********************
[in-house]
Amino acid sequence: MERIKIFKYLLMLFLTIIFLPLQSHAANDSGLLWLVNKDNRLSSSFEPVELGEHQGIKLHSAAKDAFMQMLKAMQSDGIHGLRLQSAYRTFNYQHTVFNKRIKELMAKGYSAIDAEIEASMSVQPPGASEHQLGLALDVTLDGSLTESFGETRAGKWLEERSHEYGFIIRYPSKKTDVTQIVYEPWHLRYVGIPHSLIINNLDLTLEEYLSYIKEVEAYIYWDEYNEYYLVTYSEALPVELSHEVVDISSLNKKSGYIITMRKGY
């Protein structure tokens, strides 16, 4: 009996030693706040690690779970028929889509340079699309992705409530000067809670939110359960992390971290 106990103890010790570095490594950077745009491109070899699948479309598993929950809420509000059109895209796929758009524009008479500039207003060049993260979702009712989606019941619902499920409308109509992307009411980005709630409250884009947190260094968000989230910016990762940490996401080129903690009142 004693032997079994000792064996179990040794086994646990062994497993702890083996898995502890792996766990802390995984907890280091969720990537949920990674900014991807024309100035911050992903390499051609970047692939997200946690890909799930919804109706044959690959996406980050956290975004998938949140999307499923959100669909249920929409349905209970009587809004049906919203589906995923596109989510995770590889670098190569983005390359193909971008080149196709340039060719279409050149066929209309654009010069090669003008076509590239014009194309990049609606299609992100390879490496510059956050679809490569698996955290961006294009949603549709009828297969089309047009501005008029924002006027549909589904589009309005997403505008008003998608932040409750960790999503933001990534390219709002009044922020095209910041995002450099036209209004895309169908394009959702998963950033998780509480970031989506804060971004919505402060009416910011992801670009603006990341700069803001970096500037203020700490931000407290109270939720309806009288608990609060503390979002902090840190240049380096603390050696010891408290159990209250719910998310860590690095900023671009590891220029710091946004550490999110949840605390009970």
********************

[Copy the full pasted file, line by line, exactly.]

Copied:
[in-house]
Amino acid sequence: MERIKIFKYLLMLFLTIIFLPLQSHAANDSGLLWLVNKDNRLSSSFEPVELGEHQGIKLHSAAKDAFMQMLKAMQSDGIHGLRLQSAYRTFNYQHTVFNKRIKELMAKGYSAIDAEIEASMSVQPPGASEHQLGLALDVTLDGSLTESFGETRAGKWLEERSHEYGFIIRYPSKKTDVTQIVYEPWHLRYVGIPHSLIINNLDLTLEEYLSYIKEVEAYIYWDEYNEYYLVTYSEALPVELSHEVVDISSLNKKSGYIITMRKGY
């Protein structure tokens, strides 16, 4: 009996030693706040690690779970028929889509340079699309992705409530000067809670939110359960992390971290 106990103890010790570095490594950077745009491109070899699948479309598993929950809420509000059109895209796929758009524009008479500039207003060049993260979702009712989606019941619902499920409308109509992307009411980005709630409250884009947190260094968000989230910016990762940490996401080129903690009142 004693032997079994000792064996179990040794086994646990062994497993702890083996898995502890792996766990802390995984907890280091969720990537949920990674900014991807024309100035911050992903390499051609970047692939997200946690890909799930919804109706044959690959996406980050956290975004998938949140999307499923959100669909249920929409349905209970009587809004049906919203589906995923596109989510995770590889670098190569983005390359193909971008080149196709340039060719279409050149066929209309654009010069090669003008076509590239014009194309990049609606299609992100390879490496510059956050679809490569698996955290961006294009949603549709009828297969089309047009501005008029924002006027549909589904589009309005997403505008008003998608932040409750960790999503933001990534390219709002009044922020095209910041995002450099036209209004895309169908394009959702998963950033998780509480970031989506804060971004919505402060009416910011992801670009603006990341700069803001970096500037203020700490931000407290109270939720309806009288608990609060503390979002902090840190240049380096603390050696010891408290159990209250719910998310860590690095900023671009590891220029710091946004550490999110949840605390009970």